The analysis of growth traits (height, diameter, volume of mean tree, total volume per hectare) all indicate that the Vietnamese sources are performing well, especially the Dathien source. The results thus indicate that the Vietnamese sources represent an interesting genetic resource, and that introductions and further exploration of the provenance variation of material from within that region could be an interesting route to follow in the future.
Also the Zambia CSO source has a high volume production at the same level as the Vietnamese sources, and is a good choice of seed source for plantation establishment on sites similar to the trial site.
Philippine sources (esp. Coto Mines) are also performing well in regard to growth. They have a fast height growth (Coto Mines is the top-ranking provenance in height growth), but a slower diameter growth, making the volume production lower than would be expected based on the height alone.
The Zimbabwean seedlot from John Meikle CSO is not among the top-ranking sources, which is somewhat surprising. The seedlot originates from only one clone in the orchard, and this might explain the somewhat disappointing performance. A ‘normal’ seedlot, sampling all clones in the orchard, would probably perform better.
The analysis indicates very clearly that P. yunnanensis has no potential on sites similar to the trial site. It is performing very poorly both in height and diameter. The same with the Myanmar sources Aungban and Zokhua.
The growth analysis results are in accordance with the results of Mullin et al. (1984). They reported, based on results from trial 31 at John Meikle Experimental Station, that the Vietnamese source from Dalat and the Philippine source from Benquet performed considerably better in height growth than Burmese and Assam sources. The Dalat source is close to the seed collection sites of the Hothien, Dathien and Lang Hanh sources in the present series.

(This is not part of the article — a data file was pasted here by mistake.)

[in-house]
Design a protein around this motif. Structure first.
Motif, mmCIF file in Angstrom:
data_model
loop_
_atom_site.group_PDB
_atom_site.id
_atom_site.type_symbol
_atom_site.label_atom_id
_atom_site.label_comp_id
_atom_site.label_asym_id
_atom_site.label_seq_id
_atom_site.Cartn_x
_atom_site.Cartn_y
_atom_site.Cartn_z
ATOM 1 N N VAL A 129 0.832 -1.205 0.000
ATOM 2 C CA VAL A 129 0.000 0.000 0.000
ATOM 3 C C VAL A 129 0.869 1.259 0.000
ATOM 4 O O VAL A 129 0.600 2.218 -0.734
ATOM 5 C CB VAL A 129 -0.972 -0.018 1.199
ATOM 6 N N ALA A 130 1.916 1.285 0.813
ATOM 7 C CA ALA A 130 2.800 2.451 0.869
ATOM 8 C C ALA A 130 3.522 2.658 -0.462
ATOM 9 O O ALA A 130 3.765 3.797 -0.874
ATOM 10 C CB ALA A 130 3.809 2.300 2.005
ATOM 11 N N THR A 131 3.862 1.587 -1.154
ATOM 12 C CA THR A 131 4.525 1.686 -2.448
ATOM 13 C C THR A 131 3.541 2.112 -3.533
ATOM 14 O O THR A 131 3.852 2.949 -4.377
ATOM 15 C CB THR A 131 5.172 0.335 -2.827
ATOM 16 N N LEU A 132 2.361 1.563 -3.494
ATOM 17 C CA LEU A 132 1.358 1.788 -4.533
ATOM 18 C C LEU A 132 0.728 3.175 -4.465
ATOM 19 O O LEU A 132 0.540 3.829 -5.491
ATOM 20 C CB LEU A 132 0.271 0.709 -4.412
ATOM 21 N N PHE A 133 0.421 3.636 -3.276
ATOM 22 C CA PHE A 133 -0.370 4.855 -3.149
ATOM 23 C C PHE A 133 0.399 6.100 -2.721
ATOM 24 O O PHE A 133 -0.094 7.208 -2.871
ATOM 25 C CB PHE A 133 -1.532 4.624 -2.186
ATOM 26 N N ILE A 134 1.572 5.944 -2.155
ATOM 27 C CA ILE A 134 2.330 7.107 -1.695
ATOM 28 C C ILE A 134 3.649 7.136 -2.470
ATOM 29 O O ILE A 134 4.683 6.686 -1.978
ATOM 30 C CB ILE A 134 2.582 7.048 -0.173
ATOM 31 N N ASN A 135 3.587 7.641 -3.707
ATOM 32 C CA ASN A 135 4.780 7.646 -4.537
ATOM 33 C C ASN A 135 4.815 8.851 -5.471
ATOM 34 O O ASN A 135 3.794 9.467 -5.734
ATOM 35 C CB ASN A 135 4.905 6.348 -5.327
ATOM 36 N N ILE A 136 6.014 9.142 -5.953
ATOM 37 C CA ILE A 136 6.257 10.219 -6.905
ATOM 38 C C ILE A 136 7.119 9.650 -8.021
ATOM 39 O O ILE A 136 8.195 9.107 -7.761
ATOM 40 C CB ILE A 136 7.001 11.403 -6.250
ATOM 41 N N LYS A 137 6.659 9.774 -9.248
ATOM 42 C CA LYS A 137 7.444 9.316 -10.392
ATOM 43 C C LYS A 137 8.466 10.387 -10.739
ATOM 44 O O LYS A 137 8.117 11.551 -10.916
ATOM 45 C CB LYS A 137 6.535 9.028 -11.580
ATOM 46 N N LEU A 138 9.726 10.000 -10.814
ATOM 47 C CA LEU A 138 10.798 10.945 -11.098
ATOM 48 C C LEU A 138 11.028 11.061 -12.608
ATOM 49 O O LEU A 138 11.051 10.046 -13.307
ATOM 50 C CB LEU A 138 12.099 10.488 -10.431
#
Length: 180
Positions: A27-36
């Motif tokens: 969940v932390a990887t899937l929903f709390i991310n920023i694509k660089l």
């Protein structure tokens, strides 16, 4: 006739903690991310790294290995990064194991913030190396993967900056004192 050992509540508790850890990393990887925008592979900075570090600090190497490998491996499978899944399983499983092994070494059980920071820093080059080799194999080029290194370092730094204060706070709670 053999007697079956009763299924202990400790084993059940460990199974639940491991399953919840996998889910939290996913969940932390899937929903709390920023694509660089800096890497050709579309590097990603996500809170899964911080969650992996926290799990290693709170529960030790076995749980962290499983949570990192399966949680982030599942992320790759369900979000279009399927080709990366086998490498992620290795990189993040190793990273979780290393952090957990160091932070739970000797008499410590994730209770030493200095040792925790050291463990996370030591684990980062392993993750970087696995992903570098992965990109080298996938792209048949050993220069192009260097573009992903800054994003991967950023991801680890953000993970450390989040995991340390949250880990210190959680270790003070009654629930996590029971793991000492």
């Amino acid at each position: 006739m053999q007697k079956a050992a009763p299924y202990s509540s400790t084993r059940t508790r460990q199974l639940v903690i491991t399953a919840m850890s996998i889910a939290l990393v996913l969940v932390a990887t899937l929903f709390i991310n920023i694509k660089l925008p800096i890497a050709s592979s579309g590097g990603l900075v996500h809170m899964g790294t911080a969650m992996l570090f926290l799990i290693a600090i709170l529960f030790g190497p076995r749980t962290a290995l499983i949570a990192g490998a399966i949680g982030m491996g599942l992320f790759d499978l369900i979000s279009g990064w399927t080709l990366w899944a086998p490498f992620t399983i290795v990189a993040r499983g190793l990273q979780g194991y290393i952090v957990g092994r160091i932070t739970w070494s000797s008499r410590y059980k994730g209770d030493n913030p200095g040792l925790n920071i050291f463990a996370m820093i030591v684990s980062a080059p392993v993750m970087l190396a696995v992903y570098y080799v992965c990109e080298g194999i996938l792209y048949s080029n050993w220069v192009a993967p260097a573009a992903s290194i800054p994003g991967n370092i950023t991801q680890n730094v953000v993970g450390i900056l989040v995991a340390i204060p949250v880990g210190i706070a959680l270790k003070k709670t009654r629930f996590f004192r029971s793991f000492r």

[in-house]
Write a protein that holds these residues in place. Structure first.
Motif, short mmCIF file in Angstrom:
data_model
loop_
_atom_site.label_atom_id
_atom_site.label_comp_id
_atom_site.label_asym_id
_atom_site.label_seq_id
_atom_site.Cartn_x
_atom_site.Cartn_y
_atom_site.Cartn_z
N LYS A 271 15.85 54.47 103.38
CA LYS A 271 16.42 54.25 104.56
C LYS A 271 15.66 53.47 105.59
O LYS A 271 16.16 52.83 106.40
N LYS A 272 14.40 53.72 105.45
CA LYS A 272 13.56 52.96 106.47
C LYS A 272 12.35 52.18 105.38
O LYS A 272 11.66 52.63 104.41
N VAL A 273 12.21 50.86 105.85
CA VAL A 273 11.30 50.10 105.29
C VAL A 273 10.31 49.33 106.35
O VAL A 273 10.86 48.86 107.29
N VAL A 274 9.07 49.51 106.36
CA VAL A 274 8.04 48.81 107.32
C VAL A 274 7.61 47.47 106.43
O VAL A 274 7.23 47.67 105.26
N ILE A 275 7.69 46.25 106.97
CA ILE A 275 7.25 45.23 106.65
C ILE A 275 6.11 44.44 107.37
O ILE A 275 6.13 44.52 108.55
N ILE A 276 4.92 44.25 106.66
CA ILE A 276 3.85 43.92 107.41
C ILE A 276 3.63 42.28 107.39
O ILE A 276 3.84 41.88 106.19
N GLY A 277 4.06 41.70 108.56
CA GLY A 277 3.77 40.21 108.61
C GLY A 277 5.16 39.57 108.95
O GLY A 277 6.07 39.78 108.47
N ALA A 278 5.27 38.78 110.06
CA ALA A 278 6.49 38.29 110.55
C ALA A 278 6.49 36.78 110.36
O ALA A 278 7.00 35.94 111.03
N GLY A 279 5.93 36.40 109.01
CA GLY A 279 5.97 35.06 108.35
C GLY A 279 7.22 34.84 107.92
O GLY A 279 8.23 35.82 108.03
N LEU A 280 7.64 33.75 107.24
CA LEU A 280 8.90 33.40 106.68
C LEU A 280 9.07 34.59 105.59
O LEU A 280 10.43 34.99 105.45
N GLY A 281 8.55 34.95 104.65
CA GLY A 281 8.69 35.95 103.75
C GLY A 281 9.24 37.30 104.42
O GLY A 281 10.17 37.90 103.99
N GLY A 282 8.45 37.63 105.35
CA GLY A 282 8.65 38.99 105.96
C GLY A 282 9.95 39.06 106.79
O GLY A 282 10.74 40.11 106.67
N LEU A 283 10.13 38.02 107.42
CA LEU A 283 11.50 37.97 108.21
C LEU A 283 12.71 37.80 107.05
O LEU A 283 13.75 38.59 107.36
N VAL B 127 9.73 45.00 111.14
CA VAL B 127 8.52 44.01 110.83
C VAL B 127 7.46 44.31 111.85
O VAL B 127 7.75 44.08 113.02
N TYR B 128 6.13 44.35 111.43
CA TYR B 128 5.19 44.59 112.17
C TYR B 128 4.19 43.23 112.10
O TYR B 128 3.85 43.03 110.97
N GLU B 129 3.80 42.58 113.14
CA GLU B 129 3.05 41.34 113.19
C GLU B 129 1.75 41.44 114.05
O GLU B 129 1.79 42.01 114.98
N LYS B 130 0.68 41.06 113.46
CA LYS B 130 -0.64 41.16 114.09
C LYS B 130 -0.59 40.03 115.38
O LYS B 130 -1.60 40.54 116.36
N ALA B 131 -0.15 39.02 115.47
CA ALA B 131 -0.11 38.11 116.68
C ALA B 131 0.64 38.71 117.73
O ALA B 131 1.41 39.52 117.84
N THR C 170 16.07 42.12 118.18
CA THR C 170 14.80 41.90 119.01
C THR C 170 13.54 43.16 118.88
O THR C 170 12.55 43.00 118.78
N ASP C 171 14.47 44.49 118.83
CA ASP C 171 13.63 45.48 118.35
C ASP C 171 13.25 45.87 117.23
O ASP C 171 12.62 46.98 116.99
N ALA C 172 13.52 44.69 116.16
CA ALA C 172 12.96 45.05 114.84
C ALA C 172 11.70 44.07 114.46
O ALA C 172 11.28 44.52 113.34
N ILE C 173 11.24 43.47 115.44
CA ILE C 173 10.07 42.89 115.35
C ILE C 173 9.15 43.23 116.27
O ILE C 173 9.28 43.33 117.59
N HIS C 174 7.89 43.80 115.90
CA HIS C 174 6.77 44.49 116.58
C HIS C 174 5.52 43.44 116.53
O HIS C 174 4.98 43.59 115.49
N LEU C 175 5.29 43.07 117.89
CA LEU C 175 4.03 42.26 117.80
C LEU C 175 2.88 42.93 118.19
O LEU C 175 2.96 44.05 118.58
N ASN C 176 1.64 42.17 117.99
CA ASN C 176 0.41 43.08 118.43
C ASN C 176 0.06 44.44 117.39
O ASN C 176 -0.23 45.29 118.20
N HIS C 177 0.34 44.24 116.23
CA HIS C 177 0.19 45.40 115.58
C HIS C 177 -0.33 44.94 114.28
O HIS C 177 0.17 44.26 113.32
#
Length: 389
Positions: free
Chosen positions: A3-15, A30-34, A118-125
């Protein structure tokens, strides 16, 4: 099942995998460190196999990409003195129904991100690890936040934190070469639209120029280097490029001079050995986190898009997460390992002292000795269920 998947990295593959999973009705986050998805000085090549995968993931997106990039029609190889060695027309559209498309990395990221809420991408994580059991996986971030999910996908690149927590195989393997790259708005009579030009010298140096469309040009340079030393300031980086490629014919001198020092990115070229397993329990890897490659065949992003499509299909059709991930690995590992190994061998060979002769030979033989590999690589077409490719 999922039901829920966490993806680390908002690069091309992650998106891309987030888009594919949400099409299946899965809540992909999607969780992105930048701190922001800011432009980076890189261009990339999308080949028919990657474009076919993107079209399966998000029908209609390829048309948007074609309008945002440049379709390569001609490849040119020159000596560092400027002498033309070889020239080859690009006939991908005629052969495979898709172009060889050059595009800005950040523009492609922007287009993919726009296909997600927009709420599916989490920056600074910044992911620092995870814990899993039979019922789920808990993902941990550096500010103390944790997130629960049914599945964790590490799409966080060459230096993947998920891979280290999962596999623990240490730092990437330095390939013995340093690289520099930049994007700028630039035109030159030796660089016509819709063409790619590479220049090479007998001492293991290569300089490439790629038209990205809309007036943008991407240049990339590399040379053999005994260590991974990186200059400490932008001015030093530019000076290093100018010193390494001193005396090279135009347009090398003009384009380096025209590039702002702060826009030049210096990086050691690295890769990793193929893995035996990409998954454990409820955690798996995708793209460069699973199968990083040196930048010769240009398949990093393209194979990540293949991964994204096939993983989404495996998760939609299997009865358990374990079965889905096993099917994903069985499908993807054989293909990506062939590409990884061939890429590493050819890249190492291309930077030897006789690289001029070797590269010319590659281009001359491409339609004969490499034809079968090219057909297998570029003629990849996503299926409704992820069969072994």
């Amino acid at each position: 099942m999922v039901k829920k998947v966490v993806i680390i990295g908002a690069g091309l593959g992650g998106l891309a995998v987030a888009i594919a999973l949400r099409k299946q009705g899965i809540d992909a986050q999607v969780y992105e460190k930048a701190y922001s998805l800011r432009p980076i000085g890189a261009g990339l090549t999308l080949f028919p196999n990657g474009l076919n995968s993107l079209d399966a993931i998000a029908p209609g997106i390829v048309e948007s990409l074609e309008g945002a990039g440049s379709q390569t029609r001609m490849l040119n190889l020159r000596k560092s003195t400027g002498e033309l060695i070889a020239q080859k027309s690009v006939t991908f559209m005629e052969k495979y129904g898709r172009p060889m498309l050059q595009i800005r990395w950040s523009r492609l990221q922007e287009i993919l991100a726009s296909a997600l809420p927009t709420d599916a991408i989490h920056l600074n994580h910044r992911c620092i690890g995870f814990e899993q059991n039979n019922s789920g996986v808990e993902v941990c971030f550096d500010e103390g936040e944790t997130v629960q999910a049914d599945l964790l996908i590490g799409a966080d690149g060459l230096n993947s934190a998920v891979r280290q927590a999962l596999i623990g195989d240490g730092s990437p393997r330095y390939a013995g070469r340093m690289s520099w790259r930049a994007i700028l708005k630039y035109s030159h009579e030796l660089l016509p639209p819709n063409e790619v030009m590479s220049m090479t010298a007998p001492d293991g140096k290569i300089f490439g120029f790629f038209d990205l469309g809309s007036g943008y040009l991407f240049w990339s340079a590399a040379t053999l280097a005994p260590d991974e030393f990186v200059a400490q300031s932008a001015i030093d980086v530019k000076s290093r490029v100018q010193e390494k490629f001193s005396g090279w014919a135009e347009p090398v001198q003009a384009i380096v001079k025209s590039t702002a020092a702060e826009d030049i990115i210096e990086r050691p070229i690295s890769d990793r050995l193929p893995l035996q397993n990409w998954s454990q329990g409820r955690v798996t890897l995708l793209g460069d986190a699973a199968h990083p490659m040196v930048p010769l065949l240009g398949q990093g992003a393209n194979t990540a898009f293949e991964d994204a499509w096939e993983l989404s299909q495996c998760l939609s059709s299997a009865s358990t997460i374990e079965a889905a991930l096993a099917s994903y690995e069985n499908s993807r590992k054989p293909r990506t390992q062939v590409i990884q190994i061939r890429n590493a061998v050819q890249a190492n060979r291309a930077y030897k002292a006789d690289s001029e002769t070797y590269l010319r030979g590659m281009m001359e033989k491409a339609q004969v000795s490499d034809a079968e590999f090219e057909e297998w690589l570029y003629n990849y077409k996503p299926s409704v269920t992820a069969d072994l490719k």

Production potential, based on the best performing sources and based on growth in the first 6 years, is 15-17 m3/ha/year.
The survival percentage is high for all provenances, and there are no statistically significant differences among the top-ranking provenances.
Vietnamese and Philippine sources, esp. the Vietnamese sources, have more foxtails than Thai, Myanmar and P. yunnanensis sources. Foxtails may also lower the quality of the wood. The Zambian and Zimbabwean sources are intermediate in regard to foxtails.
The results on cone-setting should not be given too much importance because of the early stage of assessment. The results at this early development stage indicate that the Myanmar and P. yunnanensis sources have higher cone-setting than the other sources, and that the Vietnamese, Philippine and Thai sources set fewer cones.
In regard to woolly aphid, John Meikle CSO and Zambia CSO show the lowest levels of infestion. Apart from that, the picture is rather confusing, and there are no clear patterns of provenance variation.
The analysis of ‘leaning trees’ should be interpreted with care. First of all, the reason for the strange growth habit shown by many trees in the trial is not known, and it has not been experienced in any other trial in the series. It maybe a result of over-fast growth on favourable sites resulting in tree collapse (flops) as reoported in Armitage and Burley (1980). There are significant differences among the tested sources, but no clear geographical pattern of variation. Results may indicate that sources with faster growth have more problems than slower growing sources, but the picture is not very clear.
Because of pruning, branching habit could not be assessed and analyzed.
The seedlots from the clonal seed orchards in Zambia and Zimbabwe have the best stemform, suggesting that selection and improvement work have been effective. The Vietnamese sources also have good stemform, as have the landrace from Madagascar. The Philippine sources have a slightly poorer form, but are still above average.
In regard to wood density, the Philippine sources, esp. Coto Mines, are outstanding. They compare favorable to the seed orchard offspring from Zambia and Zimbabwe. The Vietnamese sources have lower basic density than the Philippine and seed orchard material, and this – together with the relatively high levels of foxtails – may be a constraint for a wider use of these sources.
There is good accordance between the results (straightness and wood density) in the present trial and the results of Mullin et al. (1984). They also found the Vietnamese source to have better straightness than other sources, and with a lower basic density that the Philippine source. They further found a significant negative correlation between basic density and altitude of provenance collection site. The results of the present trial confirms this negative correlation for the Philippine sources (only three sources, though), whereas no such correlation is present in the material as such.